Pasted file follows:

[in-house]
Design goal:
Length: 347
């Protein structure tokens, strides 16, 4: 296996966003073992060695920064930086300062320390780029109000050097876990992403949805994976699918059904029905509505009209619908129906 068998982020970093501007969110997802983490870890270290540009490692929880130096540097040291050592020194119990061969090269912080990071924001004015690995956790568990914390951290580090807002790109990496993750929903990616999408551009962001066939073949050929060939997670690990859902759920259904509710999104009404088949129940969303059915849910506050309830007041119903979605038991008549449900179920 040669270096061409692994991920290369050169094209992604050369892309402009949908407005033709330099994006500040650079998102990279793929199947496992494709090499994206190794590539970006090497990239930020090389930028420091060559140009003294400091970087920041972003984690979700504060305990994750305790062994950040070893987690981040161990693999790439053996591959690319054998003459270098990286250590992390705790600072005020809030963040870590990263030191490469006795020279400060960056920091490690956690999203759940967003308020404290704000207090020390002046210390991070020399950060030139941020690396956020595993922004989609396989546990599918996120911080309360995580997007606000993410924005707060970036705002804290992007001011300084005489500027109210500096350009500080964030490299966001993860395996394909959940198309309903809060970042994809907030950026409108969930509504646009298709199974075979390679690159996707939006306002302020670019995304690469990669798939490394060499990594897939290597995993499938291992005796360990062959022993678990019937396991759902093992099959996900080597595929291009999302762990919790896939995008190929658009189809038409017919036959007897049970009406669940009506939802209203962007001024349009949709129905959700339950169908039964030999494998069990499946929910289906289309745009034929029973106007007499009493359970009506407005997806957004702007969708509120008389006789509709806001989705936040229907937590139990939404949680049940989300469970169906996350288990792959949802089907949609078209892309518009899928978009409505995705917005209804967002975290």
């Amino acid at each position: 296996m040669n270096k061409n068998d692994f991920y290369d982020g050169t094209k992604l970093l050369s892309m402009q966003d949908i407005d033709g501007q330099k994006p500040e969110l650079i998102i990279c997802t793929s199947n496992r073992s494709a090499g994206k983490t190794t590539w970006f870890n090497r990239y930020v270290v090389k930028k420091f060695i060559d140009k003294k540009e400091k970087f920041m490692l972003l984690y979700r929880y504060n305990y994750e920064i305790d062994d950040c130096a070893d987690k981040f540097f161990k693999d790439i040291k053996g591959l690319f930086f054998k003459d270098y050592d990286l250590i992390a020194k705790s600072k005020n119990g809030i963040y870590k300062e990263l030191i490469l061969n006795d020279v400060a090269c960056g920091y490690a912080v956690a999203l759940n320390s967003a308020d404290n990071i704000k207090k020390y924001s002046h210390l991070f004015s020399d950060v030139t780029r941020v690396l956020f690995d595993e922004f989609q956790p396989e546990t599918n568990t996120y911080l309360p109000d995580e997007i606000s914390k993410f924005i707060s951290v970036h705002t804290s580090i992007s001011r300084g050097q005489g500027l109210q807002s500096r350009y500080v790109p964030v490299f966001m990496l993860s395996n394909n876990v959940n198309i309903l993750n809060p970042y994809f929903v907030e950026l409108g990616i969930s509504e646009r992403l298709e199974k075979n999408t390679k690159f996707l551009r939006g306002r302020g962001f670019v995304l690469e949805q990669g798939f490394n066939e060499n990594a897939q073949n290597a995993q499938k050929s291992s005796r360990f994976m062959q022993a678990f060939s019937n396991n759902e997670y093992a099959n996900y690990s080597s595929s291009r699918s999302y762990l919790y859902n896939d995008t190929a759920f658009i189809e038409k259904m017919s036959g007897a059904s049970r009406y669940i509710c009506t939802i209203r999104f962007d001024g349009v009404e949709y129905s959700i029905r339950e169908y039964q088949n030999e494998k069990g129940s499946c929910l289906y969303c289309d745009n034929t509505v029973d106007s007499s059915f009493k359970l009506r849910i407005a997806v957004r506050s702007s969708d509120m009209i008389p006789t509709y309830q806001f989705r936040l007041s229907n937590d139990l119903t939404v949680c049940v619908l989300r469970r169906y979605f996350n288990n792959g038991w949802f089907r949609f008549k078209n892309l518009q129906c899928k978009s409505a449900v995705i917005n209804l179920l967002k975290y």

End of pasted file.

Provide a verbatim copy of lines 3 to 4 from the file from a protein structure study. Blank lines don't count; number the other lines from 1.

Length: 347
């Protein structure tokens, strides 16, 4: 296996966003073992060695920064930086300062320390780029109000050097876990992403949805994976699918059904029905509505009209619908129906 068998982020970093501007969110997802983490870890270290540009490692929880130096540097040291050592020194119990061969090269912080990071924001004015690995956790568990914390951290580090807002790109990496993750929903990616999408551009962001066939073949050929060939997670690990859902759920259904509710999104009404088949129940969303059915849910506050309830007041119903979605038991008549449900179920 040669270096061409692994991920290369050169094209992604050369892309402009949908407005033709330099994006500040650079998102990279793929199947496992494709090499994206190794590539970006090497990239930020090389930028420091060559140009003294400091970087920041972003984690979700504060305990994750305790062994950040070893987690981040161990693999790439053996591959690319054998003459270098990286250590992390705790600072005020809030963040870590990263030191490469006795020279400060960056920091490690956690999203759940967003308020404290704000207090020390002046210390991070020399950060030139941020690396956020595993922004989609396989546990599918996120911080309360995580997007606000993410924005707060970036705002804290992007001011300084005489500027109210500096350009500080964030490299966001993860395996394909959940198309309903809060970042994809907030950026409108969930509504646009298709199974075979390679690159996707939006306002302020670019995304690469990669798939490394060499990594897939290597995993499938291992005796360990062959022993678990019937396991759902093992099959996900080597595929291009999302762990919790896939995008190929658009189809038409017919036959007897049970009406669940009506939802209203962007001024349009949709129905959700339950169908039964030999494998069990499946929910289906289309745009034929029973106007007499009493359970009506407005997806957004702007969708509120008389006789509709806001989705936040229907937590139990939404949680049940989300469970169906996350288990792959949802089907949609078209892309518009899928978009409505995705917005209804967002975290």